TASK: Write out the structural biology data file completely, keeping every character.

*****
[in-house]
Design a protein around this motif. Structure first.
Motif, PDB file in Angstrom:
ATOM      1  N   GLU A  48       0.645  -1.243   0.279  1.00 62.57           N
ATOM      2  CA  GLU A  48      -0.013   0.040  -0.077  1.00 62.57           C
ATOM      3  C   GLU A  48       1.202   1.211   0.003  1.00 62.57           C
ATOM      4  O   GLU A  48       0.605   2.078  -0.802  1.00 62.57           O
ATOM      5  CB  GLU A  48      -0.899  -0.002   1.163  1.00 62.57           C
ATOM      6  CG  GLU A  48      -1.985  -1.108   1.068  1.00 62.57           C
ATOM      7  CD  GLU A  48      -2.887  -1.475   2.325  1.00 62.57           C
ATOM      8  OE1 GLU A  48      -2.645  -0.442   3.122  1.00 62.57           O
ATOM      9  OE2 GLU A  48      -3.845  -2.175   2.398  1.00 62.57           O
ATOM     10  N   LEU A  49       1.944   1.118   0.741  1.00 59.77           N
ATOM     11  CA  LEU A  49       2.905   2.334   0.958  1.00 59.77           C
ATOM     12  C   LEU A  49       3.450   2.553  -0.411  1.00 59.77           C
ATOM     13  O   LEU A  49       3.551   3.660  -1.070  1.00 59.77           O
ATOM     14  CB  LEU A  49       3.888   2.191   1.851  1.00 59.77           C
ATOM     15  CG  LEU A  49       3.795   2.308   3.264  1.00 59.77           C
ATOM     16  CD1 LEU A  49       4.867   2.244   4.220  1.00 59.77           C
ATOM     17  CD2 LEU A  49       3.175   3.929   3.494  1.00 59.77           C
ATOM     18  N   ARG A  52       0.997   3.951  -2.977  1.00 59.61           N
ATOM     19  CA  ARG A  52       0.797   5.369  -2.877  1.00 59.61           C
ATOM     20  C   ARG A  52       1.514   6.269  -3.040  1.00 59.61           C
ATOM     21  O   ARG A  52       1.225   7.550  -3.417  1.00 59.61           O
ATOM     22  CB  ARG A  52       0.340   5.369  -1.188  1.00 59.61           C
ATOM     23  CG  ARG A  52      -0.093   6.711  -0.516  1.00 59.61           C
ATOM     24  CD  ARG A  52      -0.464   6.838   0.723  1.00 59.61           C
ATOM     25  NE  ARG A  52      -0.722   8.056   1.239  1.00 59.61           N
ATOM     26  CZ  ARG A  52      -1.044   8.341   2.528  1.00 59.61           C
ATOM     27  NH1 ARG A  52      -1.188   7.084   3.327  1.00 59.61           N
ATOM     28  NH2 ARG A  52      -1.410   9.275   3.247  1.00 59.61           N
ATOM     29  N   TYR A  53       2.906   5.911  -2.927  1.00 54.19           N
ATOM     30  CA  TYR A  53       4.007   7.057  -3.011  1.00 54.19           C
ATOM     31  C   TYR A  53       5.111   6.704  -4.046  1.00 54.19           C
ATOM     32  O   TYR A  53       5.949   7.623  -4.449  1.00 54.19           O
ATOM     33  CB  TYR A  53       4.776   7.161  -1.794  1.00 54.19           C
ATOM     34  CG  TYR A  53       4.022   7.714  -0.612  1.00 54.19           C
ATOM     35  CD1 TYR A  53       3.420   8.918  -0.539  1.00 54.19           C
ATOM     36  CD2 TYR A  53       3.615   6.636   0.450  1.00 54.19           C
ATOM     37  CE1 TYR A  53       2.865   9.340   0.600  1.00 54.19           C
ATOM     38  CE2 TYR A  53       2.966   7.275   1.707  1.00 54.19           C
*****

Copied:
[in-house]
Design a protein around this motif. Structure first.
Motif, PDB file in Angstrom:
ATOM      1  N   GLU A  48       0.645  -1.243   0.279  1.00 62.57           N
ATOM      2  CA  GLU A  48      -0.013   0.040  -0.077  1.00 62.57           C
ATOM      3  C   GLU A  48       1.202   1.211   0.003  1.00 62.57           C
ATOM      4  O   GLU A  48       0.605   2.078  -0.802  1.00 62.57           O
ATOM      5  CB  GLU A  48      -0.899  -0.002   1.163  1.00 62.57           C
ATOM      6  CG  GLU A  48      -1.985  -1.108   1.068  1.00 62.57           C
ATOM      7  CD  GLU A  48      -2.887  -1.475   2.325  1.00 62.57           C
ATOM      8  OE1 GLU A  48      -2.645  -0.442   3.122  1.00 62.57           O
ATOM      9  OE2 GLU A  48      -3.845  -2.175   2.398  1.00 62.57           O
ATOM     10  N   LEU A  49       1.944   1.118   0.741  1.00 59.77           N
ATOM     11  CA  LEU A  49       2.905   2.334   0.958  1.00 59.77           C
ATOM     12  C   LEU A  49       3.450   2.553  -0.411  1.00 59.77           C
ATOM     13  O   LEU A  49       3.551   3.660  -1.070  1.00 59.77           O
ATOM     14  CB  LEU A  49       3.888   2.191   1.851  1.00 59.77           C
ATOM     15  CG  LEU A  49       3.795   2.308   3.264  1.00 59.77           C
ATOM     16  CD1 LEU A  49       4.867   2.244   4.220  1.00 59.77           C
ATOM     17  CD2 LEU A  49       3.175   3.929   3.494  1.00 59.77           C
ATOM     18  N   ARG A  52       0.997   3.951  -2.977  1.00 59.61           N
ATOM     19  CA  ARG A  52       0.797   5.369  -2.877  1.00 59.61           C
ATOM     20  C   ARG A  52       1.514   6.269  -3.040  1.00 59.61           C
ATOM     21  O   ARG A  52       1.225   7.550  -3.417  1.00 59.61           O
ATOM     22  CB  ARG A  52       0.340   5.369  -1.188  1.00 59.61           C
ATOM     23  CG  ARG A  52      -0.093   6.711  -0.516  1.00 59.61           C
ATOM     24  CD  ARG A  52      -0.464   6.838   0.723  1.00 59.61           C
ATOM     25  NE  ARG A  52      -0.722   8.056   1.239  1.00 59.61           N
ATOM     26  CZ  ARG A  52      -1.044   8.341   2.528  1.00 59.61           C
ATOM     27  NH1 ARG A  52      -1.188   7.084   3.327  1.00 59.61           N
ATOM     28  NH2 ARG A  52      -1.410   9.275   3.247  1.00 59.61           N
ATOM     29  N   TYR A  53       2.906   5.911  -2.927  1.00 54.19           N
ATOM     30  CA  TYR A  53       4.007   7.057  -3.011  1.00 54.19           C
ATOM     31  C   TYR A  53       5.111   6.704  -4.046  1.00 54.19           C
ATOM     32  O   TYR A  53       5.949   7.623  -4.449  1.00 54.19           O
ATOM     33  CB  TYR A  53       4.776   7.161  -1.794  1.00 54.19           C
ATOM     34  CG  TYR A  53       4.022   7.714  -0.612  1.00 54.19           C
ATOM     35  CD1 TYR A  53       3.420   8.918  -0.539  1.00 54.19           C
ATOM     36  CD2 TYR A  53       3.615   6.636   0.450  1.00 54.19           C
ATOM     37  CE1 TYR A  53       2.865   9.340   0.600  1.00 54.19           C
ATOM     38  CE2 TYR A  53       2.966   7.275   1.707  1.00 54.19           C